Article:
Turkmenistan's top legislative body has agreed to hold presidential elections on 11 February following the death of President Saparmurat Niyazov.
The Turkmen authorities say they are "firmly in control"
The People's Assembly also said Deputy PM Gurbanguly Berdymukhamedov would take over the presidency till then.
The council was also due to nominate candidates for the elections.
Mr Niyazov - who styled himself as the Father of All Turkmen - died on Thursday, leaving no political heir and raising fears of instability.
The 2,500-member strong council of clan elders and local government officials voted unanimously to fix the date of the presidential elections.
The delegates travelled to the capital, Ashgabat, from all over the country for the meeting.
Mr Berdymukhamedov said all presidential candidates must follow the path set by Mr Niyazov.
However, exiled Turkmen political figures have vowed to overthrow any new leader who does not introduce reforms.
They have said the opposition will soon announce a single, jointly chosen presidential candidate.
They have also urged Western nations and those of the former Soviet Union to help bring about democratic presidential elections.
New Year cancelled
On Sunday, people filed past Mr Niyazov's body as it lay in state in the presidential palace in Ashgabat.
Some of the thousands of people who came to pay their respects appeared grief-stricken by the death of their leader.
Many bowed and carried flowers, and some people wept openly as they approached his coffin.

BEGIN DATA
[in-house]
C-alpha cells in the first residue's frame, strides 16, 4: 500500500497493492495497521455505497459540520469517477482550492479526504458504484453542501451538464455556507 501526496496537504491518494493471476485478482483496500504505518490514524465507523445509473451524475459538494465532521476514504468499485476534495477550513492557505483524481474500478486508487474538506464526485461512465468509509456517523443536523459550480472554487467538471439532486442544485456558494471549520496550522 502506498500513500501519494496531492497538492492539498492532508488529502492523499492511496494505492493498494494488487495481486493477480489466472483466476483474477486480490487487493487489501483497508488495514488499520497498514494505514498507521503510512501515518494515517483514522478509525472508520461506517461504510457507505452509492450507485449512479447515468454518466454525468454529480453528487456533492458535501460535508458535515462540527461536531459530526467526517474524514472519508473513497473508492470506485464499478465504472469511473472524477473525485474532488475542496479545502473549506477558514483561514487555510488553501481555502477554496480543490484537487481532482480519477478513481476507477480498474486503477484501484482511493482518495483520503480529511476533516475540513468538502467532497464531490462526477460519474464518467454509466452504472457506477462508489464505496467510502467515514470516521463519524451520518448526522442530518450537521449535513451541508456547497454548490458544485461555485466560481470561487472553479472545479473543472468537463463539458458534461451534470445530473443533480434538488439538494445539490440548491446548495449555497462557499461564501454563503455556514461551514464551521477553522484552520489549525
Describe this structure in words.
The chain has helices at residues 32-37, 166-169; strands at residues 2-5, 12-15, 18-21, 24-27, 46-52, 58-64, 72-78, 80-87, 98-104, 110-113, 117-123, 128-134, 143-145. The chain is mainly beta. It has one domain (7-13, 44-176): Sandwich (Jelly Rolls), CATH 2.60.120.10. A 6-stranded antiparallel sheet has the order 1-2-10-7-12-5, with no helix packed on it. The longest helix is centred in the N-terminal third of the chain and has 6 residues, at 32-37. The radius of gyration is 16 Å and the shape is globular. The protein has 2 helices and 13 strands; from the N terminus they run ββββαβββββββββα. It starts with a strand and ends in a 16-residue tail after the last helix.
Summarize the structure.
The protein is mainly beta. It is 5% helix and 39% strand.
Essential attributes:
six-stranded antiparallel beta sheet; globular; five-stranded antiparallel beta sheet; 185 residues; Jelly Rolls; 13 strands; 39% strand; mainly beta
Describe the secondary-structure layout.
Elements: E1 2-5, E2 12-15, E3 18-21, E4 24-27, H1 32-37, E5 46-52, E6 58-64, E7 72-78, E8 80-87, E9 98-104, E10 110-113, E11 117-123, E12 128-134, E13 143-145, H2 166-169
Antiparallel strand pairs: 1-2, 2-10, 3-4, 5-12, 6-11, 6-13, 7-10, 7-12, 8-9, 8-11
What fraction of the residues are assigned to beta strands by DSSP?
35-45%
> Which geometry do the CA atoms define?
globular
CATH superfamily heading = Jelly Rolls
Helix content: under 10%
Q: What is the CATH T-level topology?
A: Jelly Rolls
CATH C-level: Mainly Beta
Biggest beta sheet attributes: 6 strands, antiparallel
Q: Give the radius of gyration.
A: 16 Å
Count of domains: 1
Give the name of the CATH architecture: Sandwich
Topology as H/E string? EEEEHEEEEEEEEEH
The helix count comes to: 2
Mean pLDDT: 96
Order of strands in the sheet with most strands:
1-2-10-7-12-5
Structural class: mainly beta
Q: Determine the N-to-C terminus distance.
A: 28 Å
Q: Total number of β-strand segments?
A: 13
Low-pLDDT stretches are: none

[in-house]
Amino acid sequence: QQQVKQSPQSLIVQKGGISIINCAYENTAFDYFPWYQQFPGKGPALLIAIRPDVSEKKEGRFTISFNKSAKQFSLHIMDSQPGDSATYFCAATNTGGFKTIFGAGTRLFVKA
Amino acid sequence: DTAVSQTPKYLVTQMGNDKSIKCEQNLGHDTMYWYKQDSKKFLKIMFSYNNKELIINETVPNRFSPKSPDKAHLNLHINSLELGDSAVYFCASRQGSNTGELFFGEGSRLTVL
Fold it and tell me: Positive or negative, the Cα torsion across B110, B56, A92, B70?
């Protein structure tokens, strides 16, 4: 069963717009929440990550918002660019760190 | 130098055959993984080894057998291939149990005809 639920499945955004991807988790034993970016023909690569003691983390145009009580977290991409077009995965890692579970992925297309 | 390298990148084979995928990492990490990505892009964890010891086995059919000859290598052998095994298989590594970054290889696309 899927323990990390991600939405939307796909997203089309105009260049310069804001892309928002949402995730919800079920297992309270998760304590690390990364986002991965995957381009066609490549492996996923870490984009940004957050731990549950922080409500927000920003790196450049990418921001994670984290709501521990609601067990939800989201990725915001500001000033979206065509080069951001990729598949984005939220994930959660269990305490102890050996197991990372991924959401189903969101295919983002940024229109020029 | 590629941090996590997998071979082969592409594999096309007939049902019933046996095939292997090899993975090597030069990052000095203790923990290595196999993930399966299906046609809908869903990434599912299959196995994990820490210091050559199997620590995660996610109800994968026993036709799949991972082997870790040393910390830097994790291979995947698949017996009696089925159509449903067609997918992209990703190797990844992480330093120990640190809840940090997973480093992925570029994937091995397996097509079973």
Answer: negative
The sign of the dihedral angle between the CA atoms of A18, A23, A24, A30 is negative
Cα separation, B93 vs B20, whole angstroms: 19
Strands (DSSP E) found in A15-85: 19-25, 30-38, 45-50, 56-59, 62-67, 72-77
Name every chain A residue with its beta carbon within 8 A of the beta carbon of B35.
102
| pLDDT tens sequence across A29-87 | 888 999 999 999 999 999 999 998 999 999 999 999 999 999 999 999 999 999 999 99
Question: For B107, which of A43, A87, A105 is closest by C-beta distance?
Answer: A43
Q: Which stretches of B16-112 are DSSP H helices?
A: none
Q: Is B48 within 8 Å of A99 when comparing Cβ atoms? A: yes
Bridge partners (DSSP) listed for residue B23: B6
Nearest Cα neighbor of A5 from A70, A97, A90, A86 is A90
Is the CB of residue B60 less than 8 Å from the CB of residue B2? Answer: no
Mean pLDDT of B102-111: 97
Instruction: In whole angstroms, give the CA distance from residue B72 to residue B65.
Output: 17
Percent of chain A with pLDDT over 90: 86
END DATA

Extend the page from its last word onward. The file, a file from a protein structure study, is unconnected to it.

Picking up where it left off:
Heads of state from across Central Asia, and high-ranking delegations from elsewhere attended the ceremonies.
A tank carried Mr Niyazov's coffin away from the palace and to the village of his birth outside Ashgabat, where he was buried.
Flags in Turkmenistan are flying at half-mast for a week of mourning, shops and restaurants were closed and New Year celebrations have been cancelled.
During two decades of rule, President Niyazov wielded absolute power and fostered a cult of personality around himself and his family.
He was accused of jailing or exiling his political opponents, creating no functioning political institutions and leaving no obvious successor.
He erected golden statues of himself, banned beards and ballet and renamed January after himself and April after his mother.
Ruhnama, the book he wrote, became the cornerstone of Turkmenistan's education and legal systems. Reading it regularly, Mr Niyazov told his people, would secure them a place in heaven.
His pictures were on display at all street corners, his political opponents were either in jail or exiled, and he formed the basis of the system he had created.